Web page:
If one of the artists has to be absent from the video, then you need to do it this way. G-Dragon was replaced by dolls, a Windows Media Player knockoff, IU playing a video game, etc. Yeah, give us something to look at other than just IU. While she’s a lovely woman, having her dancing alone to a disembodied voice is just awkward. Frankly, their approach here worked so much better.
As IU is not really a dancer (nor is the tune a dance number), there’s no dancing. But I’m sure there was serious storyboarding in here, as IU trips from one scene to the next. You never know what you’re going to see between eyeblinks in this MV, and that’s actually a really good thing. Besides the awesome song, you have a pretty solid video to go along with it.
MV REVIEW — “ENDING SCENE”
“Ending Scene” is a very different beast than “Palette.” The song review pretty much tells you how the MV is going to go.
The video shows IU reunited with her ‘Producers’ and ‘Dream High’ co-star Kim Soo Hyun. Here she remembers all their moments together, with some pretty cheesy-looking sets, which I think is the point. I think they’re trying to portray much of that as unreal, almost surreal vibe. And it works — to a point. Especially at the end, when they’re showing him enjoying himself while she can only look on.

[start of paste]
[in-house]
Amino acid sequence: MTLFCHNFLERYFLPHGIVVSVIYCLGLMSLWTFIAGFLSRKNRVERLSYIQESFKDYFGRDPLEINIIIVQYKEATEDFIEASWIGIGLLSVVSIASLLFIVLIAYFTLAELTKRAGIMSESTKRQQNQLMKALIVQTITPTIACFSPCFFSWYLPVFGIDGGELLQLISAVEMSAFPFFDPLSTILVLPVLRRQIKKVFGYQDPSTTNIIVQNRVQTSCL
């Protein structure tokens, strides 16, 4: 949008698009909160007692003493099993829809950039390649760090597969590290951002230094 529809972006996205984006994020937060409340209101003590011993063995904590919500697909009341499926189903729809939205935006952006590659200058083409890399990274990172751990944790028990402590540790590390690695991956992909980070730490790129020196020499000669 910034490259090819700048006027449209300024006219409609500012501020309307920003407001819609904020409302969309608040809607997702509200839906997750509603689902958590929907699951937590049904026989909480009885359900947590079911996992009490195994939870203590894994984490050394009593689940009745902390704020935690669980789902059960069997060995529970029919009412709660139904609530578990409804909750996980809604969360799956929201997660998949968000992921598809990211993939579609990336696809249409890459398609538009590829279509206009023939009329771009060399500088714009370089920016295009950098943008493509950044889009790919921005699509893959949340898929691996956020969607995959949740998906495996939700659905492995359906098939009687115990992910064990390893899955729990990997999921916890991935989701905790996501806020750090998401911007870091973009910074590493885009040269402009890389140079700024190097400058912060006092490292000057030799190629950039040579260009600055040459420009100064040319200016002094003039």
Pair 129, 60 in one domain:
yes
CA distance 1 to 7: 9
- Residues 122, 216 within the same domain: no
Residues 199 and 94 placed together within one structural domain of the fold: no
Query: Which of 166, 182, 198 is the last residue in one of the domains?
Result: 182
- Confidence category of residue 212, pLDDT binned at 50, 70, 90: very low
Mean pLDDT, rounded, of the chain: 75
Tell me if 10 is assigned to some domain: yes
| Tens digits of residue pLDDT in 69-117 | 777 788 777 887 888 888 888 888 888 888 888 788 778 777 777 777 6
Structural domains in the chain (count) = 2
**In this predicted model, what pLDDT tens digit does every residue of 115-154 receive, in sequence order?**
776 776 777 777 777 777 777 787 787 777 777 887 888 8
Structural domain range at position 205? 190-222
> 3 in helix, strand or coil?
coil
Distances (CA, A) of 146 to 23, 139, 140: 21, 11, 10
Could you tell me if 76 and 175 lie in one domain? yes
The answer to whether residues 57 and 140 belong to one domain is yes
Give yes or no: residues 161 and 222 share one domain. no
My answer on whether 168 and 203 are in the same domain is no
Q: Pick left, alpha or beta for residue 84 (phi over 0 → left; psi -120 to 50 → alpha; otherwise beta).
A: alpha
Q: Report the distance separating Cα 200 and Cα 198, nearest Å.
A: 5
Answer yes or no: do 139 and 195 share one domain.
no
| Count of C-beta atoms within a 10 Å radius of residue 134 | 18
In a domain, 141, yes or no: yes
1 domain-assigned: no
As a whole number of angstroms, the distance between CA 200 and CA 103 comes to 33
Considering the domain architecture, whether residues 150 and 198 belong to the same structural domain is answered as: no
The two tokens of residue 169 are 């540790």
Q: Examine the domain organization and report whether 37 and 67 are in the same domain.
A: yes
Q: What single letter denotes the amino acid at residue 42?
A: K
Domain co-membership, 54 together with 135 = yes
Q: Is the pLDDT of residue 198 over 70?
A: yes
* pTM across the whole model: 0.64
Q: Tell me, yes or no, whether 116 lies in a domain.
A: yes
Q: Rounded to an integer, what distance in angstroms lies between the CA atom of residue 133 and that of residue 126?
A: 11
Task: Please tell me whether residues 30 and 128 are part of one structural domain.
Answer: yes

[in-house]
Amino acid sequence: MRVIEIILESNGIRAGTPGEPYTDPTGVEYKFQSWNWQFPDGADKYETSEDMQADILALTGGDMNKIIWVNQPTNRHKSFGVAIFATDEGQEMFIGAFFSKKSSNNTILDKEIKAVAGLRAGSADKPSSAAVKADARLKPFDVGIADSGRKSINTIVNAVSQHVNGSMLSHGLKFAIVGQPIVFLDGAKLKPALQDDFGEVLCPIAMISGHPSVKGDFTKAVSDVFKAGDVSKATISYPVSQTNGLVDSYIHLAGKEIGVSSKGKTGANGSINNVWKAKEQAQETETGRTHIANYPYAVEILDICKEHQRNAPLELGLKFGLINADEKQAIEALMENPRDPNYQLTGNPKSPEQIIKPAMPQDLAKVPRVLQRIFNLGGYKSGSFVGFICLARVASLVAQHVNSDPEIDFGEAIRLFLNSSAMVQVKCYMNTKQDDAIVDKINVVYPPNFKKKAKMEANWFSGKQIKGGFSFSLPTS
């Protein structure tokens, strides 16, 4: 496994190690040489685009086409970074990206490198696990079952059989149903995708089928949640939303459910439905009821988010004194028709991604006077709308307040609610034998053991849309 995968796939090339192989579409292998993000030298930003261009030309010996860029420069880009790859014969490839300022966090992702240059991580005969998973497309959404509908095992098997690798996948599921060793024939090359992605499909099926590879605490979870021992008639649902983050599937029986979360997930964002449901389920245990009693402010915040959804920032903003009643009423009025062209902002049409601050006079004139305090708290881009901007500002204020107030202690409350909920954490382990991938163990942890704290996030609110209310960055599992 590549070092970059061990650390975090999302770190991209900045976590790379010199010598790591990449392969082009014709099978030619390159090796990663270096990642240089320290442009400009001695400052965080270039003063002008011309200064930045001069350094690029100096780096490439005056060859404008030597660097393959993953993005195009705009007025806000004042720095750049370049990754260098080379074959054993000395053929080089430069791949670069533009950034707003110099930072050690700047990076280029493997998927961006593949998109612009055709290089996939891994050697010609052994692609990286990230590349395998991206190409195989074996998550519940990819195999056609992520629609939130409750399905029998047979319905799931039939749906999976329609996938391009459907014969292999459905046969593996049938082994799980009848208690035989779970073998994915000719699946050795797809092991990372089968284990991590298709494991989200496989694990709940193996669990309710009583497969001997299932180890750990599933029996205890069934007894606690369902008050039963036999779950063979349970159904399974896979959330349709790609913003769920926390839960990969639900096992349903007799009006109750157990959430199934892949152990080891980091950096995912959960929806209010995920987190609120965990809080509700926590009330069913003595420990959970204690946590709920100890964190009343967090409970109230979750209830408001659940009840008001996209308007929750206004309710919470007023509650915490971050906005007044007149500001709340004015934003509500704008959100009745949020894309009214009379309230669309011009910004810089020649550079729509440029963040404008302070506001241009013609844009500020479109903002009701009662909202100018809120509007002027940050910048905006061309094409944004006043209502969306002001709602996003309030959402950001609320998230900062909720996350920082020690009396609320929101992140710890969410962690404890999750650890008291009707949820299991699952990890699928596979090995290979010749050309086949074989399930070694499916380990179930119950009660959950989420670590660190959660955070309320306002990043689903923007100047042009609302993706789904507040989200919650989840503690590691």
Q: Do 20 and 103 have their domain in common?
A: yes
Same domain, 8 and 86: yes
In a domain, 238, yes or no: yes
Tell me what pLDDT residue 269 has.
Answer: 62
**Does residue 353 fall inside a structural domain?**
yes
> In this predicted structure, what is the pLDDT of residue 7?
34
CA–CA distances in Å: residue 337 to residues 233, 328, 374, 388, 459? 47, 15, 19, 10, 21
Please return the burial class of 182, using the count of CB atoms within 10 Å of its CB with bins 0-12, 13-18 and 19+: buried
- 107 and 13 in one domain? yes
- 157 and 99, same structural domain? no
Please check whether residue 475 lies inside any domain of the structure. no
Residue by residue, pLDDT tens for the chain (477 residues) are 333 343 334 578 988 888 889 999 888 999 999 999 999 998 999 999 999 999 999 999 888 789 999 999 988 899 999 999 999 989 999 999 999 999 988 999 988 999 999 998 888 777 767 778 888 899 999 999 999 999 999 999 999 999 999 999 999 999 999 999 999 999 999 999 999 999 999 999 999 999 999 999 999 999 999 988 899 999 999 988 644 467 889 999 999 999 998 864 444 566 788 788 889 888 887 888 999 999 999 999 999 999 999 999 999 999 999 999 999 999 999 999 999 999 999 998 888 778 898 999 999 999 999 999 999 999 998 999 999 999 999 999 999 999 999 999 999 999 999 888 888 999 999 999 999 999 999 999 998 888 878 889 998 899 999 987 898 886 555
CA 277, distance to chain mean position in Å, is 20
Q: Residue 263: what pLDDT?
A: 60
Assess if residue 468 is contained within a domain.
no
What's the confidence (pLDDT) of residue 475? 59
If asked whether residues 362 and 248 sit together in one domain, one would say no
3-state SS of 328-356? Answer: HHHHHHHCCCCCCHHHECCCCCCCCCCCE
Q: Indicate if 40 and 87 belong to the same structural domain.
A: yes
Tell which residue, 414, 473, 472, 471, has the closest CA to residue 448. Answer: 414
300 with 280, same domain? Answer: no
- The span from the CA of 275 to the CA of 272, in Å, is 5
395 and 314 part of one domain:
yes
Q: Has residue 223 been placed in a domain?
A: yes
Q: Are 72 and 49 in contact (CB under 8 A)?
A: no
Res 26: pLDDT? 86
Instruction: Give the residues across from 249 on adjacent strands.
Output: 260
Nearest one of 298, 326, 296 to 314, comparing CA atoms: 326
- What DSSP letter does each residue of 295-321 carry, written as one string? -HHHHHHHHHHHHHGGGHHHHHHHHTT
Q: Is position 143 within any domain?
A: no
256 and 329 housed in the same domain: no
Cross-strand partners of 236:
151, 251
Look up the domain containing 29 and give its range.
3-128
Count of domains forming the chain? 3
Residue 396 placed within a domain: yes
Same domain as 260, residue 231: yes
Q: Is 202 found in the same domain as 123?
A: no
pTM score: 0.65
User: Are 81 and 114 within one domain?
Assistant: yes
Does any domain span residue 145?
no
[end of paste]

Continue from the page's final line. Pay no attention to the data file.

It’s a poignant video, made more poignant by the sudden ending to the MV. While it coincides with the song, it’s incredibly sad, given the events. Yes, they’re played as surreal too, like a stage play, but IU can do a sad face pretty convincingly. While I wasn’t enamored with her last drama, I can find few faults with her performance. And she does the same quality job here.
Kim Soo Hyun is prototypically the character he best portrays. He’s down-to-earth, laughing along with her and going with the flow. Soo Hyun plays a really good leading man, and here he gives good face. It helps to have a good script, I think. But his acting chops are already well-established.
The MV is “Ending Scene,” and the song is sad, so it makes sense that the ending scene in the video will be sad as well. It’s not tear-wrenching, but it’s good enough. It’s fun to watch, even if you know your mood will take a hit by the end.
(averaged across both MVs)
SEE ALSO: IU gets a Perfect all-kill with ‘Palette’ featuring G-Dragon